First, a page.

• Interesting to hear people say they've done done well for a few weeks on an exercise programme and only then started to falter. This has been my experience with any kind of activity while I've been ill. It makes me scared to start anything, because weeks or even months of it seeming fine doesn't mean that it won't all blow up at some point and take weeks/months to recover.

  • I Agree that's why I was so inspired by Claire's story. I used to run years ago before I was diagnosed and it was a real slog at times but when I started again recently I was flying for the first few weeks. But then without warning my legs were like lead and everything hurt, it is really depressing. I walk every day for at least an hour without problems because we have dogs and horses, so my basic fitness is not bad.

  • Hi, Yep, I was diagnosed with an underactive thyroid about 4 and half years ago when I found there was nothing in the tank after 5 min of gentle jogging, put on 75mcg Levo then upped to 100mcg. Was well for about 18 months, could do a good 50min run without too much of a problem. Than put on Statins which was the worst thing ever and absolutely crippled me and took myself off them after about 1 year.

    Things picked up again quickly and I soon regained my energy and strength, back to the gym 5-6 times a week, spin and circuit training plus some weights. A couple of months later I noted some hip pain when on the treadmill then muscle ache in the rear of the thighs, then general loss of stamina until I had to give up the classes, also suffering from lack of VitD, dizzyspells, weight gain and constipation, not to mention other stuff. Seen several doctors at my GP practice and they treat all my ailments individually and not as a symptom of my thyroid.

    I'm getting a private blood test next Monday to test my T3 and Peroxidase Antibodies. I'm preempting a low T3, due to whatever reason and ordered some Armour 1 grain to kick off with. I'm praying this is going to be the answer to my problems. What I have learnt from this process is that you will get little help from your GP or NHS unless you are very lucky.

    Good luck with your symptoms though.

  • I struggle to have enough energy for exercise at the moment but I am just transitioning from Levo to Armour so I'm expecting it to take a while to adjust.

    When I was feeling well on Levo I often had post exercise fatigue that was excessive and out of proportion to the energy I had expended. I found research that said if you are low in iron it can cause post exercise fatigue. This is because of the extra oxygen utilised during exercise. Iron is needed by the body and if stores are low it uses what it needs and then leaves us feeling drained until they build up again. I started taking over the counter standard iron tablets and bingo...I was fine to exercise again!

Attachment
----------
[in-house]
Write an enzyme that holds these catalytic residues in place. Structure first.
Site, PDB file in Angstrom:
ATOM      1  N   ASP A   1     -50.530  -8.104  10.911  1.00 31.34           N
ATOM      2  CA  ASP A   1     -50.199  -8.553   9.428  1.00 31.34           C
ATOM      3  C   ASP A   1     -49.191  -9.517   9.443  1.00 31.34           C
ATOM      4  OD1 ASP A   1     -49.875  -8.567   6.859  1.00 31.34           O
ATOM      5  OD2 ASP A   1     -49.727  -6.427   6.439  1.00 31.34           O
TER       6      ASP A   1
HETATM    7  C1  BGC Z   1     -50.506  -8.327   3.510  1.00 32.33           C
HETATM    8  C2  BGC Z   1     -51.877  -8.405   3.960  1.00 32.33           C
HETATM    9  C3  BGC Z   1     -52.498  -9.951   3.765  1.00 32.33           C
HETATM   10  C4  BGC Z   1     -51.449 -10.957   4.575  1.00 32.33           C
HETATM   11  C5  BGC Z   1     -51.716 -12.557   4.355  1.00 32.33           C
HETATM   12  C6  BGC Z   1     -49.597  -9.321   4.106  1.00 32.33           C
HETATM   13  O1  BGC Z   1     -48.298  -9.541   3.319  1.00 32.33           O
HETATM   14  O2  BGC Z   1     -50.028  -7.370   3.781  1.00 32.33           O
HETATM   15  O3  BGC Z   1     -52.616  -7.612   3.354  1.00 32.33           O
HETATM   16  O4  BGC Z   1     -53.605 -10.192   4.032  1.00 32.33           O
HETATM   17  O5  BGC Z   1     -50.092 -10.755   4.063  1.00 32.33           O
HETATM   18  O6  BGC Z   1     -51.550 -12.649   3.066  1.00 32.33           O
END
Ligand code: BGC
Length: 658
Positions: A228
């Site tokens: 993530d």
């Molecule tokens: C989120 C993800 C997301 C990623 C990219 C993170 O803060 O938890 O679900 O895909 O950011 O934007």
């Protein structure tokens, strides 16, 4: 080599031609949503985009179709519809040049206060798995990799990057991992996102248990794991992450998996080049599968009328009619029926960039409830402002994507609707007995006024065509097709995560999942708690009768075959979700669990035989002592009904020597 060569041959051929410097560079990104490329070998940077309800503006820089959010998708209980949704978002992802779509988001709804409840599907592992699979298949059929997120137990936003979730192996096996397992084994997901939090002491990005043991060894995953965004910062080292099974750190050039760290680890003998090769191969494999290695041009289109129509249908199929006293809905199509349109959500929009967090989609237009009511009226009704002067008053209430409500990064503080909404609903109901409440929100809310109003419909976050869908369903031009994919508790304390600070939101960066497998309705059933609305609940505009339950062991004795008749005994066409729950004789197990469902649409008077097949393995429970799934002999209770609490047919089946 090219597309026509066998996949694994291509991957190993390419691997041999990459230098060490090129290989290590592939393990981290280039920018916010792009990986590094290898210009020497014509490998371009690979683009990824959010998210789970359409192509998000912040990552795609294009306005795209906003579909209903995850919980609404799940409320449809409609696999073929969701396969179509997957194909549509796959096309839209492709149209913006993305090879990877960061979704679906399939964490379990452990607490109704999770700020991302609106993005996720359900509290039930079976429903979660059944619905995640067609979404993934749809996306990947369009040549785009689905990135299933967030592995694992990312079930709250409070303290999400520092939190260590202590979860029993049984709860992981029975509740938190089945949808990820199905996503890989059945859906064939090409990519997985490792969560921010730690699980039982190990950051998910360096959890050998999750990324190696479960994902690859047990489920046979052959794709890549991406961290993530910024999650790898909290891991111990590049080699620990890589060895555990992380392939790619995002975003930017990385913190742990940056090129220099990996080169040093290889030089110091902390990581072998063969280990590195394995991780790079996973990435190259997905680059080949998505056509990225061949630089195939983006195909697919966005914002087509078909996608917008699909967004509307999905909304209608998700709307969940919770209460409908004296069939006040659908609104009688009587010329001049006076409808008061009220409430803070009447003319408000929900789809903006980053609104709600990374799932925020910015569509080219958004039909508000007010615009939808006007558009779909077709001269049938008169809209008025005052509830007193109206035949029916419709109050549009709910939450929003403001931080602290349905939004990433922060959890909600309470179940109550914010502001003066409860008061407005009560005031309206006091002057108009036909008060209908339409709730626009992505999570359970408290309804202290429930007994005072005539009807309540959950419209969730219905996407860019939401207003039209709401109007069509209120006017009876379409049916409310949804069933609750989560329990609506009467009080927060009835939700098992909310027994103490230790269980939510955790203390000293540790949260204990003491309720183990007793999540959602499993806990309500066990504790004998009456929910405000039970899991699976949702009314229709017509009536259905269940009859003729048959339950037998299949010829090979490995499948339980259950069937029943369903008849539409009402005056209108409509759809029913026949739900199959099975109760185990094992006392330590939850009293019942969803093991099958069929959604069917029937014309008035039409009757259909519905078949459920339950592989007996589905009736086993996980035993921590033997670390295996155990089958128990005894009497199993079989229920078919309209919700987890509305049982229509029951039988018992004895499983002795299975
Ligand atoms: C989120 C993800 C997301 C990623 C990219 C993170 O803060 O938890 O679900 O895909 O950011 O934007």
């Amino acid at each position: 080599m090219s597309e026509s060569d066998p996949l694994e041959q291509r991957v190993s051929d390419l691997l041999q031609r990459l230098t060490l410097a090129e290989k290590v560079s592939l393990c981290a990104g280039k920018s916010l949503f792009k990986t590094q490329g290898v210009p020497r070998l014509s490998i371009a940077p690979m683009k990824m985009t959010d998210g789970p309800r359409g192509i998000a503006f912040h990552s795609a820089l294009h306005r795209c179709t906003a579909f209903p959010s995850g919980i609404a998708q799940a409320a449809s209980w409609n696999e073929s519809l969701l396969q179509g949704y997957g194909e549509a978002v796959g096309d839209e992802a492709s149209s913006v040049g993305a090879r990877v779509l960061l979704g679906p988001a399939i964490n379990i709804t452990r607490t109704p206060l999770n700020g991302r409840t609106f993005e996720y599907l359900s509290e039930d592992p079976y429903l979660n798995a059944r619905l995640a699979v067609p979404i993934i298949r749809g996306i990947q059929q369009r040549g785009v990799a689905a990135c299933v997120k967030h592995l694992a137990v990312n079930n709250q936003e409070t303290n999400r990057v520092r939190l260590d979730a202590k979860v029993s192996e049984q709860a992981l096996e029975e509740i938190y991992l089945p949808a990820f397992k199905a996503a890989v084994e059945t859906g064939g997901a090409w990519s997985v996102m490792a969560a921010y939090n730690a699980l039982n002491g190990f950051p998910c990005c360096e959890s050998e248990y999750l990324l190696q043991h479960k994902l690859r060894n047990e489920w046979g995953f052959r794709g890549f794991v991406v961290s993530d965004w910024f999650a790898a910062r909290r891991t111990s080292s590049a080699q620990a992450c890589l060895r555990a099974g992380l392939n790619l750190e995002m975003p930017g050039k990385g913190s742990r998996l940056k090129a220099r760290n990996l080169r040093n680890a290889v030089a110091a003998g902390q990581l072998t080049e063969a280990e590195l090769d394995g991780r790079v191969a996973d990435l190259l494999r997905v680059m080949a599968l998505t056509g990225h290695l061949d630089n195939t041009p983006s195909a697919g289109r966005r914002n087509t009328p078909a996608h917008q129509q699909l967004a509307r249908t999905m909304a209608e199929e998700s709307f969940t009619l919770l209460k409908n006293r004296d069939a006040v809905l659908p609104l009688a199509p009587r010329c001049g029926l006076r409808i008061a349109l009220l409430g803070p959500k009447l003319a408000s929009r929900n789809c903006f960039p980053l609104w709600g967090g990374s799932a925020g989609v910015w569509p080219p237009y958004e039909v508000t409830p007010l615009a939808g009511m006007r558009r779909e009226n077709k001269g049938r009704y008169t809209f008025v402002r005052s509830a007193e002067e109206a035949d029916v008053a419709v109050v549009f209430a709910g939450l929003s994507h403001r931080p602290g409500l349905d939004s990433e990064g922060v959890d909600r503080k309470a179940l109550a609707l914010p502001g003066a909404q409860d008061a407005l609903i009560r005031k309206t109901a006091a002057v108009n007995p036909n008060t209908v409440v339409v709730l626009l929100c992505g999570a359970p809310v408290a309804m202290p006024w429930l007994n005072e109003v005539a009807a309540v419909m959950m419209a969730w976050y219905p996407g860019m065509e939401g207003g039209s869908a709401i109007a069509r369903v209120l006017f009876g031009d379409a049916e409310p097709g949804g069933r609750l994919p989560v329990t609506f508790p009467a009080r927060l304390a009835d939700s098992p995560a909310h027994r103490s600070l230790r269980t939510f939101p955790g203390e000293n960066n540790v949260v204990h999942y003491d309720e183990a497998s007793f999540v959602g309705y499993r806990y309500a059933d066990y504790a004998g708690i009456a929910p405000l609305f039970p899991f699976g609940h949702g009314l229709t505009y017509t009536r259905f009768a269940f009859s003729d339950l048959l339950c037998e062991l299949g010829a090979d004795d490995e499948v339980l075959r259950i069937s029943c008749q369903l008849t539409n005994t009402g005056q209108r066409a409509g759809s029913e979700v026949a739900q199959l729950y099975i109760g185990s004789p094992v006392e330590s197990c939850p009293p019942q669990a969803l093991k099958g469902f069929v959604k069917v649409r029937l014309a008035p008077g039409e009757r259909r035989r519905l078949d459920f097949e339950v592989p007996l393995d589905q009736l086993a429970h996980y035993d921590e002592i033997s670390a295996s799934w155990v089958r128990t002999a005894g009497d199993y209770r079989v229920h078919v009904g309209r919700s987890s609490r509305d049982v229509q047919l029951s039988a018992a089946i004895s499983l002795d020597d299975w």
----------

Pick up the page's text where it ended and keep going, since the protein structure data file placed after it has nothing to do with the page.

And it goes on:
It's very frustrating when you are doing all you can to be well and face a wall of fatigue after a little exercise. It's comforting to know it's 'not just me' when reading this thread.

    At least we are all here for each other :)

  • Hi Hellsy, I would be interested to hear how you get on with Amour and has your Dr prescribed it or are you ordering it abroad. In one of the earlier posts Claire recommended some liquid iron Floravital which is easier on the system so I am going to give that a go.

    It's great to get such support from everyone on this site.

  • Hi Historygirl, I have been prescribed by my GP after seeing an Endo. The Endo was very pro synthetic meds and reluctant to recommend Armour. He wasn't supporting me in increasing it as recommended by thyroid experts and was obviously not committed to it working. I saw a Locum GP and he agreed to increase my dose and I'm hoping my GP will continue monitoring me when I see him again to follow up my change from Levo to Armour.

    Re iron yes people often say the liquid is better but I have always got on fine with Boots Iron Tabs. I did buy some liquid iron recently but it's supposed to be taken half an hour before food which I found a pain so am back on the Boots Tabs :)

    The change to Armour isn't straightforward and has been one step forward, two steps back. I am confident I'm getting there though and am committed to giving it a good six to eight months (as recommended by Paul Robinson and others). I found Paul Robinson's book 'Recovering with T3' fantastic. I felt very confident about what route I wanted to take after reading his book. Stop The Thyroid Madness is excellent too (they have a good website as well as two books).

  • I will check it out. Many thanks